University of the Ozarks is utilizing its Innovation Hub to help provide relief to local healthcare workers in the fight against the COVID-19 pandemic.
Ethan Hefley, information technology network manager, is leading the University’s efforts in producing ear guards for masks on four 3-D printers in the Innovation Hub, which was established last semester.
The ear guards help healthcare workers who experience discomfort from extended use of protective masks. The ear guards were designed by Quinn Callander, a 12-year-old Canadian boy scout who was searching for a simple but effective device that would prevent the elastic bands on a mask from rubbing against the backs of people’s ears.
Callander’s design, a wide plastic strap that goes around the back of the head, has notches so the wearer can loop the mask’s elastic straps around whichever notches are most comfortable, allowing them to adjust the tension while keeping the mask firmly in place. He made the strap’s design available for others to download from the open-source 3D printing community Thingiverse.
Hefley said he has printed about 150 ear guards as of Thursday afternoon and has distributed almost 100 to healthcare providers in Clarksville.
“I was looking for a way that we could utilize our 3-D printers in this effort to fight the coronavirus and I looked into masks, but that just wasn’t going to work,” Hefley said. “My wife saw (Callander’s) prototype on the internet and brought it to my attention. I felt like this would be a perfect way to utilize the 3-D printers to assist our healthcare workers.”
Hefley said the four 3-D printers can produce a combined 20 ear guards every two and a half hours at a cost of about 35 cents a mask in material, which is a corn plastic filament.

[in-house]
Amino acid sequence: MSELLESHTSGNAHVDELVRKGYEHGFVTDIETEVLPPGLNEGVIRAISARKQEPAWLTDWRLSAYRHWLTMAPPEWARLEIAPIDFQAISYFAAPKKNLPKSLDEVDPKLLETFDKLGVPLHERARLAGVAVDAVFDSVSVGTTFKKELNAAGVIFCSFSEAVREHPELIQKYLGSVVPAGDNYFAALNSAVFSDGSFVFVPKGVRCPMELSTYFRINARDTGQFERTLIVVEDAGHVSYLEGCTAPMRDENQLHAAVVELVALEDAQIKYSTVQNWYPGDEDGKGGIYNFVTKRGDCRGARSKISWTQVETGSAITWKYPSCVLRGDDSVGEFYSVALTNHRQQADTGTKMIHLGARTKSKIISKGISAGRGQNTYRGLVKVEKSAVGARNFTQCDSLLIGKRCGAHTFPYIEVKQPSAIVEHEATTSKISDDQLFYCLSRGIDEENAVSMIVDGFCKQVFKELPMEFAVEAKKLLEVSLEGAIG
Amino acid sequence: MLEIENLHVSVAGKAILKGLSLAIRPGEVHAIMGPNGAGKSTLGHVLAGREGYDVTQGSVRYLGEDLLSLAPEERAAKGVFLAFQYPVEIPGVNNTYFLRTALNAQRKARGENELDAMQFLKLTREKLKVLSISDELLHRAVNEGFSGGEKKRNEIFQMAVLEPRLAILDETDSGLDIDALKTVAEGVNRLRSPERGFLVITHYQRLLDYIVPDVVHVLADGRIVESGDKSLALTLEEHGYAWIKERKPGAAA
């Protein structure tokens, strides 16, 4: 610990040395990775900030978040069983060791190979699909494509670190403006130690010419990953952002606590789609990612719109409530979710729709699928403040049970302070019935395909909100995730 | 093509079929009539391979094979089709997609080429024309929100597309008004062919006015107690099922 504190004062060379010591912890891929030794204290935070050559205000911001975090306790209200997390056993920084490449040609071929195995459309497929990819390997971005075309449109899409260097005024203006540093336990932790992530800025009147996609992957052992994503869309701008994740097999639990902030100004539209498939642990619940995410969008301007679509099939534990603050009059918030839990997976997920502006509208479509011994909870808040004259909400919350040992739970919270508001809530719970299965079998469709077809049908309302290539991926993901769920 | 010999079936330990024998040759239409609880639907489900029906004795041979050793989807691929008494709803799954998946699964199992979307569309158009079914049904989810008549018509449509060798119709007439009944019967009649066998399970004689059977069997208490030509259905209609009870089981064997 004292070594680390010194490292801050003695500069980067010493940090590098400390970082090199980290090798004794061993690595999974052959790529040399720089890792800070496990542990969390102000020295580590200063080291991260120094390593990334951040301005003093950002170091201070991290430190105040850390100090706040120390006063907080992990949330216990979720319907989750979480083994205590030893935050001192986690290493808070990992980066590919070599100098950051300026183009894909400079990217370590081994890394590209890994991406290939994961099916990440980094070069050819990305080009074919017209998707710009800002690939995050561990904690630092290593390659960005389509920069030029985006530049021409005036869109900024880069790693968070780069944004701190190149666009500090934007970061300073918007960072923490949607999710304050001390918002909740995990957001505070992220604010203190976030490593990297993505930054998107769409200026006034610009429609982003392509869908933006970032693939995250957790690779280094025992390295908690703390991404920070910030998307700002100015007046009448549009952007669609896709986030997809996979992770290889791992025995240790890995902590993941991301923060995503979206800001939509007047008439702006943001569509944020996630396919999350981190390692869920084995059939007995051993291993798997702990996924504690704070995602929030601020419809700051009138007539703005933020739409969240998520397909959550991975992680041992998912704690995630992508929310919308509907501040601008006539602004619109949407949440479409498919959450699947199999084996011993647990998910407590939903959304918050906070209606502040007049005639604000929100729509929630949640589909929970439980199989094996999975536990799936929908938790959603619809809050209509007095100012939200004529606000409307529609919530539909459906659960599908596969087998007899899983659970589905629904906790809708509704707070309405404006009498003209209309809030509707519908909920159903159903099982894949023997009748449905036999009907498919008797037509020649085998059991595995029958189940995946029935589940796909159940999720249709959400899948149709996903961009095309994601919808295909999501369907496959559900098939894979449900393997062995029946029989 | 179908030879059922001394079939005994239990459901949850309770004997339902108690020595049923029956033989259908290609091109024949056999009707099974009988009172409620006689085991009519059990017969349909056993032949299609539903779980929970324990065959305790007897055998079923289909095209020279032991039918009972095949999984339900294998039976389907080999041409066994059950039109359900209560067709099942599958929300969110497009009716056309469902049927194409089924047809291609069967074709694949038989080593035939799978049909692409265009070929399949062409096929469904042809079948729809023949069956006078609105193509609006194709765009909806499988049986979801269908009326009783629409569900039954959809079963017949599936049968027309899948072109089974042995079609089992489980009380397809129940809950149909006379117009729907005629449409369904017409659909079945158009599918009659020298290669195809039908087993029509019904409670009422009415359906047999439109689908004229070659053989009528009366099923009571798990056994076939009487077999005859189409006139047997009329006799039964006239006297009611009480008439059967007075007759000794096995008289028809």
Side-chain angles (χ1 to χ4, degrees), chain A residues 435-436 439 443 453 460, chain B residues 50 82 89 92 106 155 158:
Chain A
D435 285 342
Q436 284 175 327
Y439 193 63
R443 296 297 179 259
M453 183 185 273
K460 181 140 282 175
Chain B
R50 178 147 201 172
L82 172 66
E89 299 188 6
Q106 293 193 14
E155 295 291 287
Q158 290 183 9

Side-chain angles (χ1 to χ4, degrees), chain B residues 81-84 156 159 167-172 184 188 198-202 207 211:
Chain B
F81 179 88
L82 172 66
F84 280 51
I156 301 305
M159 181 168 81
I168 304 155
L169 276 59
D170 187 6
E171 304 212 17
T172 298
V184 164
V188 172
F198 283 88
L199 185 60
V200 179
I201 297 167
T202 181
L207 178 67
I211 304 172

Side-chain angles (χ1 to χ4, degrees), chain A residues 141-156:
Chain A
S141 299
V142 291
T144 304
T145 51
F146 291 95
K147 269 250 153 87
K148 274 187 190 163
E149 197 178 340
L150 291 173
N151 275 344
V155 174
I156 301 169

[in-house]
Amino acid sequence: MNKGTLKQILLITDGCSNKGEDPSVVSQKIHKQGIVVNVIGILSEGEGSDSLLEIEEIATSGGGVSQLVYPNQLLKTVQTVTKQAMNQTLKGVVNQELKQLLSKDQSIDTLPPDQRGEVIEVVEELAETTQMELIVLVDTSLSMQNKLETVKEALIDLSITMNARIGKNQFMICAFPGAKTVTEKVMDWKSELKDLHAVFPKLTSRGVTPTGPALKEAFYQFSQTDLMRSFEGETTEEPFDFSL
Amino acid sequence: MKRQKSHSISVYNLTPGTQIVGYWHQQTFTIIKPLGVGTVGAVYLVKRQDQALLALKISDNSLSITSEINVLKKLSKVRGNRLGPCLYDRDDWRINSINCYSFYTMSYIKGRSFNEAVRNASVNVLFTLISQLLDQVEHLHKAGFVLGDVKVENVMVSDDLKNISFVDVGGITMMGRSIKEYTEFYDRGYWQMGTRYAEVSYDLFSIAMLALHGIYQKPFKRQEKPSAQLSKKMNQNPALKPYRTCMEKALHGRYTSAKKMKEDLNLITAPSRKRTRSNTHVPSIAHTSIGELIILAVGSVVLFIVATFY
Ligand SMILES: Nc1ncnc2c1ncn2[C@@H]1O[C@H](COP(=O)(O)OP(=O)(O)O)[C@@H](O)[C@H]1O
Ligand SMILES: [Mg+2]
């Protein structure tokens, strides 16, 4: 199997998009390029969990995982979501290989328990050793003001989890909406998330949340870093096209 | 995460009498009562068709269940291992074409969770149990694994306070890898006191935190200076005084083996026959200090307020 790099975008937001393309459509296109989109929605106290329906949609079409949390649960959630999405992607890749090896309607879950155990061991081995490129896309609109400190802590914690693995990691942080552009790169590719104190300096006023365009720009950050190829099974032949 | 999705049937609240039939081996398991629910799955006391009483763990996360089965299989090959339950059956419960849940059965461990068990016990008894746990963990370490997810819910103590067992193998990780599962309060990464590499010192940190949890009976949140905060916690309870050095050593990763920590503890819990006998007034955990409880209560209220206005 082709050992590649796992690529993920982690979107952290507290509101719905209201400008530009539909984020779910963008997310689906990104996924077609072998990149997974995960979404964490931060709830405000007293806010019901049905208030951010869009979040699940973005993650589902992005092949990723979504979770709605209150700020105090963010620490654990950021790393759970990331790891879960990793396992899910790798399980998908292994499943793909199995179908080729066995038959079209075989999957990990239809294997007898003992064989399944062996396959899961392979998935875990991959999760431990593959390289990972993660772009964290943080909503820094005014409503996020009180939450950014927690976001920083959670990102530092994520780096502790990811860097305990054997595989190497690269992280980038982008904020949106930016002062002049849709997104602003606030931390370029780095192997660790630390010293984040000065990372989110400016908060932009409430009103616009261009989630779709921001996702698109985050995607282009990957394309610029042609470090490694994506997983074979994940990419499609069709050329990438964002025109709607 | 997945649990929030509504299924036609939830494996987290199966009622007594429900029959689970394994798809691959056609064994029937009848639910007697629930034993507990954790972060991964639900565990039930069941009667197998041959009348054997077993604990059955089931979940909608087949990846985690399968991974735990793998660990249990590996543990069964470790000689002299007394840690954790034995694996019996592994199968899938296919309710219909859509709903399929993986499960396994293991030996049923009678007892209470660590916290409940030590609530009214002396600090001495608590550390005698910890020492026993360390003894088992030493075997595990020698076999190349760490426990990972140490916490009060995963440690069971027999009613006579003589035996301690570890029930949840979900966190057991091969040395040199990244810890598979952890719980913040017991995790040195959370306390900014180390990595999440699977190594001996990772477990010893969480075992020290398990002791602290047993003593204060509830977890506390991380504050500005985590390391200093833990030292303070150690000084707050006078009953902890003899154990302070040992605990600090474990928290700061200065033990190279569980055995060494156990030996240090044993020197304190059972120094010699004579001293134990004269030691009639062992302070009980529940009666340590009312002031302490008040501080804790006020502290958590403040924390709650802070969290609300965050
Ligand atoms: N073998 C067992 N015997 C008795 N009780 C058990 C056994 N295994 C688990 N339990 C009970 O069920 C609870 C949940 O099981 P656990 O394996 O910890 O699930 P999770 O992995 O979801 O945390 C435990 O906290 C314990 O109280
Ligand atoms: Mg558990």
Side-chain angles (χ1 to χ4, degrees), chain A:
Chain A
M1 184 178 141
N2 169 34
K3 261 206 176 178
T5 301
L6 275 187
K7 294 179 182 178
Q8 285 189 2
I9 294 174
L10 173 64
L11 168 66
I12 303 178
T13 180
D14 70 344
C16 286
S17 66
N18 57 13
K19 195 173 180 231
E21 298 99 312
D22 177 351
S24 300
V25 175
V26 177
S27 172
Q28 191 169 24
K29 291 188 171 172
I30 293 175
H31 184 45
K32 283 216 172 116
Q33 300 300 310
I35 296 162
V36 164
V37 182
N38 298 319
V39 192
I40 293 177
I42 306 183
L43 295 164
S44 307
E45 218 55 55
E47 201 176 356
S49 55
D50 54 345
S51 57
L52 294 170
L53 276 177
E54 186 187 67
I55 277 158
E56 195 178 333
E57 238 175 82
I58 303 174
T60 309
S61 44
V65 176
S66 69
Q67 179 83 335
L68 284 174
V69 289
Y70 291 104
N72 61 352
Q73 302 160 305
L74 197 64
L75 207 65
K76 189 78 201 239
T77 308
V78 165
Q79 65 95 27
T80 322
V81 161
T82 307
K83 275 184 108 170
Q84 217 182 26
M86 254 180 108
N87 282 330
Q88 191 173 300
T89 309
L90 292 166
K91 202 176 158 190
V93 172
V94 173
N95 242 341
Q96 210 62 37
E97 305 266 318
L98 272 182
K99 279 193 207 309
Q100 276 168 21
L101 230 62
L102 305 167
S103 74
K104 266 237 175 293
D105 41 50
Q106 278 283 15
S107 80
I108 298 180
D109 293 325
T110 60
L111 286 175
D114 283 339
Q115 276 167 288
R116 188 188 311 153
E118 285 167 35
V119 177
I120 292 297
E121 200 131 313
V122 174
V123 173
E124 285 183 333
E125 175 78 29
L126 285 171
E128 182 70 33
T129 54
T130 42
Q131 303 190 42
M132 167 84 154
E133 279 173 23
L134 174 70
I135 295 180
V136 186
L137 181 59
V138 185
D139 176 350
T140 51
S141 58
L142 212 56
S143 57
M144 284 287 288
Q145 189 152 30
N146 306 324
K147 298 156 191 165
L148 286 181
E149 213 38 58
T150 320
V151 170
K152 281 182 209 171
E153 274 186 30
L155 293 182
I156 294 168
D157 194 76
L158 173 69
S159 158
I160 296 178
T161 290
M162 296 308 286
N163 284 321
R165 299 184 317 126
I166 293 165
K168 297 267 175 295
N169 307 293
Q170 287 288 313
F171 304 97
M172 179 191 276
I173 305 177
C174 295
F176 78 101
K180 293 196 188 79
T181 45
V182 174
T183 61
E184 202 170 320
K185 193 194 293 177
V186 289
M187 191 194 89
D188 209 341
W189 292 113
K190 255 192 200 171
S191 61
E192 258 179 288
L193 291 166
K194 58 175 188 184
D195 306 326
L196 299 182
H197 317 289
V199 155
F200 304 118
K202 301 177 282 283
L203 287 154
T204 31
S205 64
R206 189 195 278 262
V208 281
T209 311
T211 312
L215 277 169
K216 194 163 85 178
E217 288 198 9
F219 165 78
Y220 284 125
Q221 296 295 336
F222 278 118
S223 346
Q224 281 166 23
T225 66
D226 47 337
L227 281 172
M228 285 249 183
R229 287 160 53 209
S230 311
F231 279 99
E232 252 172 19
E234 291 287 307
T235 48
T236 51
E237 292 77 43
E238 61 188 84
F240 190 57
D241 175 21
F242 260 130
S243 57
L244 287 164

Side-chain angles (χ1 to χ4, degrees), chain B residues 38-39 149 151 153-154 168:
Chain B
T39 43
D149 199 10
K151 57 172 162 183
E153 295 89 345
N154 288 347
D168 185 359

Hefley delivered about 20 ear guards to the Clarksville Medical Group on Thursday morning, much to the delight of administrator Jeri Williams and her medical colleagues.
“These ear guards will help tremendously for the nurses who are having to wear masks all day long a daily basis,” Williams said. “Our personnel have no choice but to wear masks right now at all times and the constant rubbing has become a real problem. The ear guards are the perfect solution. We are extremely excited and appreciative to get these.”
Hefley said he also dropped off 30 ear guards Thursday at the Johnson Regional Medical Center for their healthcare workers to try out. Before he even had time to get back to the office, hospital administrators called and requested 30 more.
“The neat thing is that the ear guards are making a difference and the healthcare workers are excited to be receiving them,” Hefley said. “It’s rewarding to know that the we can play a small role in assisting them in this fight against the virus.”